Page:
There is a lot to say about Olive Films’ Betty Boop: The Essential Collection Vol. 1. From just a cursory glance, the selection of films is something you’d expect to see at a volume four or five rather than the initial release, whereas the selection announced for the second volume actually is more or less “essential”.
Scanned from the original negatives, all of the cartoons have their U.M.&M. titles (the original Paramount credits were spliced off for television). That’s to be expected, and probably for the best. Unlike with the Popeye cartoons sold to A.A.P., the copyright notices were actually removed from the U.M.&M./NTA versions, so recreations wouldn’t have come easy and a worldwide scavenger hunt for original prints would’ve been time-consuming and costly. It might have made for better sales in the long run, but better TV titles than no cartoons at all.
Jerry Beck covered the quality of the scans themselves well – those are fine, if not perfect. The bigger concern here, though, is Olive’s handling of the cartoons’ aspect ratio. I’ve been hearing for a while that the Fleischers shot their cartoons in the Movietone ratio (about eight percent taller than Academy standard) prior to 1934, and the transfers Olive did prove that. But, were the cartoons intended to be shown that way?
The January 1930 edition of the Journal of the Society of Motion Picture Engineers writes at length about the dilemma projectionists faced in the early sound era. For most of 1929, each of the studios had their own aperture practice. Paramount was shooting at a 0.825” x 0.623” aperture; MGM was shooting at 0.835” x 0.723”; United Artists at 0.920” x 0.700”. Etc.
By September 1929, at the insistence of SMPE and three other societies, ten of the major studios agreed to an SMPE sound specification standard of 0.800” x .600” (the Academy ratio, 0.825” x 0.600”, was introduced in 1932), taking effect by the end of November of that year. Paramount was one of them.
Now the conundrum is made even more confusing, because none of these figures are the dimensions of Movietone ratio, which can be anywhere from 0.800 to 0.825″ wide by about .6796″. There is zero documentation that supports the idea that Movietone was being widely used by any of the major theater chains deep into the sound era (the time these Fleischer shorts were made) – not even by Fox who introduced it. Theaters may have screened in Movietone ratio earlier, but a survey conducted in mid-1929 before the SMPE standard was implemented indicates the major theater chains were not even using it at that point.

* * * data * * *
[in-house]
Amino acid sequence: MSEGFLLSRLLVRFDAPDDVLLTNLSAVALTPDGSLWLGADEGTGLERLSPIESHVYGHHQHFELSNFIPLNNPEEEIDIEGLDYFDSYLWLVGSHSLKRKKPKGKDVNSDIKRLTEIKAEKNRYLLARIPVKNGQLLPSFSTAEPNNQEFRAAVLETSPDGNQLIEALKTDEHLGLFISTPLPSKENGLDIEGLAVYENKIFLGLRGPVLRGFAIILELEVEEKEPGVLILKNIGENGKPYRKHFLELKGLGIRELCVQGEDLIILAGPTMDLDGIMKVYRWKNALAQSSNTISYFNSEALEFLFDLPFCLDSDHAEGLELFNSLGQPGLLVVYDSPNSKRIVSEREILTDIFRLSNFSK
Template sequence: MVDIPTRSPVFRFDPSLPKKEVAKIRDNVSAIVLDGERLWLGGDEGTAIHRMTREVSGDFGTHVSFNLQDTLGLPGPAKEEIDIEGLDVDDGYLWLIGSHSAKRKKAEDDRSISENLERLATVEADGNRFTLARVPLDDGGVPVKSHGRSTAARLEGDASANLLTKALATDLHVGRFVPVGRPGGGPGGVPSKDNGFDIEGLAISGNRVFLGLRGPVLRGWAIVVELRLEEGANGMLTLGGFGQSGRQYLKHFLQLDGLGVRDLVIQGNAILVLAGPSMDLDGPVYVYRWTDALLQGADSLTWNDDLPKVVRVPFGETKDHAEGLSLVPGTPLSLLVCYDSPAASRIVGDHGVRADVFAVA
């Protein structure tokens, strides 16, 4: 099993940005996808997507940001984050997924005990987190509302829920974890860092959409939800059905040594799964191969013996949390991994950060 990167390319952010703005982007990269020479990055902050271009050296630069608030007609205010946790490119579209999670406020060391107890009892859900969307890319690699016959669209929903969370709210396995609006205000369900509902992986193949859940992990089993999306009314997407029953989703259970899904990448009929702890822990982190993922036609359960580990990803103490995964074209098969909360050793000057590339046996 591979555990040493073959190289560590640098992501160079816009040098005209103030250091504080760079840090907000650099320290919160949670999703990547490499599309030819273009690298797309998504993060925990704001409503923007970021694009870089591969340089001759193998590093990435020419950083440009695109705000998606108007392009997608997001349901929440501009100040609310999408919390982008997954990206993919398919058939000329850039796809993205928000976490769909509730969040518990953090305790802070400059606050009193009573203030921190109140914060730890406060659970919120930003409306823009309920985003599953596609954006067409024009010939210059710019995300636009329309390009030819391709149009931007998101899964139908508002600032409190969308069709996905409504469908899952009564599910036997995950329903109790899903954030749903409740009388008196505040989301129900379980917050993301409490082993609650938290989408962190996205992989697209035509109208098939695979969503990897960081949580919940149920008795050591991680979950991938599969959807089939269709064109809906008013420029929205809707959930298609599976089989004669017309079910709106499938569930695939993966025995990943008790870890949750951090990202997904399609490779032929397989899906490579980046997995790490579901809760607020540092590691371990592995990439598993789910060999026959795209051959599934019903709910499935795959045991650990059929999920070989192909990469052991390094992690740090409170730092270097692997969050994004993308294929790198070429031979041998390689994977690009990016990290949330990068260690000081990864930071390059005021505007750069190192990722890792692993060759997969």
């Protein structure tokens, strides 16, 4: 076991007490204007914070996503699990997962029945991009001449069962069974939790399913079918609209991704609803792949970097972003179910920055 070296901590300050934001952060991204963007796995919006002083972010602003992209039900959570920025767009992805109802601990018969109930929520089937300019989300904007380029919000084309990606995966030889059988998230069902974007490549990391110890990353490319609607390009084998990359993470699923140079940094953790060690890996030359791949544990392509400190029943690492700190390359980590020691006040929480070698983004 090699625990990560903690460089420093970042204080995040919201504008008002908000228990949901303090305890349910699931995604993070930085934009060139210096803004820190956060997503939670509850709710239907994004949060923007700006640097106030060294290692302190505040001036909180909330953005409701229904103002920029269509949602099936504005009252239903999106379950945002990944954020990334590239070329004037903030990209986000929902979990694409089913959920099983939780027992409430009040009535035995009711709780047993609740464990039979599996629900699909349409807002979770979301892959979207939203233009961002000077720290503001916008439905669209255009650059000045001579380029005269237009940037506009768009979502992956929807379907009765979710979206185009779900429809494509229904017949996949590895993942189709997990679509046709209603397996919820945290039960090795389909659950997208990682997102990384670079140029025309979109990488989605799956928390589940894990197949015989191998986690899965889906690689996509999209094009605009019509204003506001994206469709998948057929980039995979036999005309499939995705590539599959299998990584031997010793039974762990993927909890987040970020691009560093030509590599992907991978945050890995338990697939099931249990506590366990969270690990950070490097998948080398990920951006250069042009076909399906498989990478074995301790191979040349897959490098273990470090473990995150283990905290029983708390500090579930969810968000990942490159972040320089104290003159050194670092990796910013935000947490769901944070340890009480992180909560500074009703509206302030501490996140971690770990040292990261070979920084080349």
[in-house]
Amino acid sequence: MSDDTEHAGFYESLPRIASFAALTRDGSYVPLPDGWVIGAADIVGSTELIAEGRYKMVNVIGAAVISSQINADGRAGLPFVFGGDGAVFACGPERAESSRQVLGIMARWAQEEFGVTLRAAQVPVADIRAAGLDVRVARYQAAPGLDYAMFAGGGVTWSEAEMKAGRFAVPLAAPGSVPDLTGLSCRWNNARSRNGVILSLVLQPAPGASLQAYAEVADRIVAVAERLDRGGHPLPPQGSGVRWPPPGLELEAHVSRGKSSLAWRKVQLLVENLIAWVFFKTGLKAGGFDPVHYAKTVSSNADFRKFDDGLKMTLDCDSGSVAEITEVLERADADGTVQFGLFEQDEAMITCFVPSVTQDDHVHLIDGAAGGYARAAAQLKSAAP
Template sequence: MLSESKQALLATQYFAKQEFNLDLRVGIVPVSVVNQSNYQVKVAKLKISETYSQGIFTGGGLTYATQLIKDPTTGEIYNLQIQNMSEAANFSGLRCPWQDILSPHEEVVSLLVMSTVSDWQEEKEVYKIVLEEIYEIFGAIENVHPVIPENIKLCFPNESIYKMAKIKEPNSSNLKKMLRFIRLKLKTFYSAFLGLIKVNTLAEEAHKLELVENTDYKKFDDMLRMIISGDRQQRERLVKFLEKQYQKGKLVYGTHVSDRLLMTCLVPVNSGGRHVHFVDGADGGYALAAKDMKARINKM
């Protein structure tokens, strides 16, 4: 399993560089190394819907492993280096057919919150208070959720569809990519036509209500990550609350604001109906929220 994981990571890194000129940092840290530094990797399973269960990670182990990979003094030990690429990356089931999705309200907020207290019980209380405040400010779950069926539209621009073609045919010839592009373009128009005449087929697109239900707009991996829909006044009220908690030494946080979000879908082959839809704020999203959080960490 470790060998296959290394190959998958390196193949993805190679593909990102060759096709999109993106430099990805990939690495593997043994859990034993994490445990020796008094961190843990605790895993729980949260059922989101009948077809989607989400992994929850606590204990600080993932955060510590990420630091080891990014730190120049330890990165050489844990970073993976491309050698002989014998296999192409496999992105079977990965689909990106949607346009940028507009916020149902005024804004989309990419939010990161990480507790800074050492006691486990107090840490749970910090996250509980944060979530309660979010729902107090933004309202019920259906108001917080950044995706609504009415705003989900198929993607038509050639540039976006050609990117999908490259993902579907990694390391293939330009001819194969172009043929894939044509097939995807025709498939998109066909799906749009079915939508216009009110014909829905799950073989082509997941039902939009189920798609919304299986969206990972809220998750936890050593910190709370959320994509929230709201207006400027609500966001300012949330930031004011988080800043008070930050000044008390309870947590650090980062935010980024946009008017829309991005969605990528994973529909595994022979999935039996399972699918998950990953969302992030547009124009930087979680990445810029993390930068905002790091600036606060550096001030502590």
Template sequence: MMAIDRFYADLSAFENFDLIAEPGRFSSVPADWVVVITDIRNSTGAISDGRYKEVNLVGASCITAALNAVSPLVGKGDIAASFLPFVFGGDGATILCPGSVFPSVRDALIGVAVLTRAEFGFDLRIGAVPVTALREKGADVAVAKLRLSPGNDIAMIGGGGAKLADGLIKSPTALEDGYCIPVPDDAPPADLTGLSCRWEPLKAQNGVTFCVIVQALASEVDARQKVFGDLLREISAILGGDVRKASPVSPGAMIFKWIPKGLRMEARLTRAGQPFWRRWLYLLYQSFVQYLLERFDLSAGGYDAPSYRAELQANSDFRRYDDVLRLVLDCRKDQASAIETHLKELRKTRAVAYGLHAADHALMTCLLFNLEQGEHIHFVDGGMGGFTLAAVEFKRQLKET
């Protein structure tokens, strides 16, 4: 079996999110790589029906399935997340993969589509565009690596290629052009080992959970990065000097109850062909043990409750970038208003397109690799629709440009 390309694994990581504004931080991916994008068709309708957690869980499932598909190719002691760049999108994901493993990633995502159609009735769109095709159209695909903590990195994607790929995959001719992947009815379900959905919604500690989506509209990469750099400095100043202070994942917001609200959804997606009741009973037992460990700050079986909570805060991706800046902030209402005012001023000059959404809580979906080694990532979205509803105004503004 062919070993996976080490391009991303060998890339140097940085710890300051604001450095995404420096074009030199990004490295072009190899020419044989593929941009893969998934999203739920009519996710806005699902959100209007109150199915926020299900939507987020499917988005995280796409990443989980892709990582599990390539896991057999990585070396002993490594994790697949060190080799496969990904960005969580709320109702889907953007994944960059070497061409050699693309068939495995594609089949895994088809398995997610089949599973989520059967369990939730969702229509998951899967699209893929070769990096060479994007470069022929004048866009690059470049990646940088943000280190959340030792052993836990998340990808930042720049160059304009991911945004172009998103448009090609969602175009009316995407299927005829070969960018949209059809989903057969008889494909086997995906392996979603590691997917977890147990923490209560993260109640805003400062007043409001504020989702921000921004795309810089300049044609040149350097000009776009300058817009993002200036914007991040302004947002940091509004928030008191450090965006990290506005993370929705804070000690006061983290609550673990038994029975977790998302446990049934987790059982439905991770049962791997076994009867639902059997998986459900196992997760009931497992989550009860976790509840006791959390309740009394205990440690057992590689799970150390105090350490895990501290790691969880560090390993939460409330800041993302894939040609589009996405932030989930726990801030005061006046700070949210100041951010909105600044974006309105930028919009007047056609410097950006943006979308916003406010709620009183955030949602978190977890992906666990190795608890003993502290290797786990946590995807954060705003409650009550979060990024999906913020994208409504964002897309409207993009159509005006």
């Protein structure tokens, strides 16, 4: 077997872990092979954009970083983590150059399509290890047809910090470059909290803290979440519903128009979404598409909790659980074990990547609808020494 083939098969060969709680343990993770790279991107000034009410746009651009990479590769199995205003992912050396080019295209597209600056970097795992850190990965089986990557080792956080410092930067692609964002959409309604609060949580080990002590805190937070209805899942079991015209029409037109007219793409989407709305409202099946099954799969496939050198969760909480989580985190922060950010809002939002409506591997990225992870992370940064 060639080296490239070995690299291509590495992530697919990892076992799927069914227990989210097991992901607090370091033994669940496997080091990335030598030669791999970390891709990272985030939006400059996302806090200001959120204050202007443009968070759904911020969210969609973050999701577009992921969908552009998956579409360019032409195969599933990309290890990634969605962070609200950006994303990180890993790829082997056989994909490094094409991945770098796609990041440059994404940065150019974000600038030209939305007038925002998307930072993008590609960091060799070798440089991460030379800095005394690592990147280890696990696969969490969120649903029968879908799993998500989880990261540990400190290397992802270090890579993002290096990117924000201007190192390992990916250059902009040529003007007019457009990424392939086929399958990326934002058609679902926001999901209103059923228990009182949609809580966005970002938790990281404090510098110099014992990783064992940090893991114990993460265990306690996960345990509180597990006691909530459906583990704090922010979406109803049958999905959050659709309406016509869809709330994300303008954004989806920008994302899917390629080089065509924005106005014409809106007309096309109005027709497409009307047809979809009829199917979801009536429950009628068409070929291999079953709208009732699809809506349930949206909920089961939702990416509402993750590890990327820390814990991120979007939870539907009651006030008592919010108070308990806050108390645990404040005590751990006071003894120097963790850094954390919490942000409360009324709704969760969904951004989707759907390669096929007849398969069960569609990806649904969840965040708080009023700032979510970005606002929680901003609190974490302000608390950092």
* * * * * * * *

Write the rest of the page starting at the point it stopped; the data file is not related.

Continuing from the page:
Suffice to say, it’s extremely unlikely it was intended these cartoons be projected in Movietone. Even if they fill up that ratio, theaters never ran the films in that ratio in their original releases.
I was asked to make comparison frame grabs, but it’s a bit trickier than that. As Jerry has implied, the previous releases of the Fleischer cartoons can’t really count for much of anything. DVNR aside, those 20-30 year-old transfers use no sort of alignment standard whatsoever.
The Olive Films release handles the aspect ratio issue oddly, and all I can gather is that someone in post goofed. They did a Movietone transfer of the cartoons, but someone gave the order, for the rendering and pressing, to squash the picture vertically by around eight percent to fit Academy ratio, rather than “pillar-box” the films to preserve Movietone ratio. Below are my ‘fixes’, done quickly in Photoshop. Left is what’s on the Olive collection; right isn’t exactly what it should be, but close enough.
(click thumbnails to enlarge)
The squashing is likely to go unnoticed by most viewers. Jerry said he didn’t. For films that depend so much on movement and energy, I thought the squashing made these copies mildly irritating to watch and it’s a serious problem.
This really wasn’t necessary for Olive to do in the first place, given that all of this jazz about Movietone began mostly as conjecture, but presenting them as pillar-boxed probably would be the best solution. These are cartoons that injected life into every inch of the frame, whether it was intended to be seen or not. The presentation on Vol. 1 is simply a technical error, not a case of a history crime as with the “widescreen” Looney Tunes (or hell, even the Republic DVNR’ed copies of the Boops).
For a release many (including myself) initially decried for not having historian or consultant involvement, Olive did well enough. This isn’t the way I’d program or design a Betty Boop collection, but at this point, it’s the cartoons alone that matter. And the squashing issue indicates what happens when you don’t have someone who knows the films in quality control. I realize it’s probably too late to do anything about the second volume, but I’d urge Olive to get a Fleischer expert involved to nudge them towards perfection. Maybe the third time’s a charm?
(Thanks to David Gerstein and especially Jack Theakston for their assistance and research.)
August 30th Update: For those who still aren’t seeing anything wrong, be sure to read the relevant post on Uncle John’s Crazy Town, specifically the following comparison between an original drawing from Betty Boop’s May Party and the Olive Films disc.
Suffice to say, Uncle John explains the difference well: “An inker (or clean-up artist) would never mess with the volume like that (unless they wanted their scene thrown back).”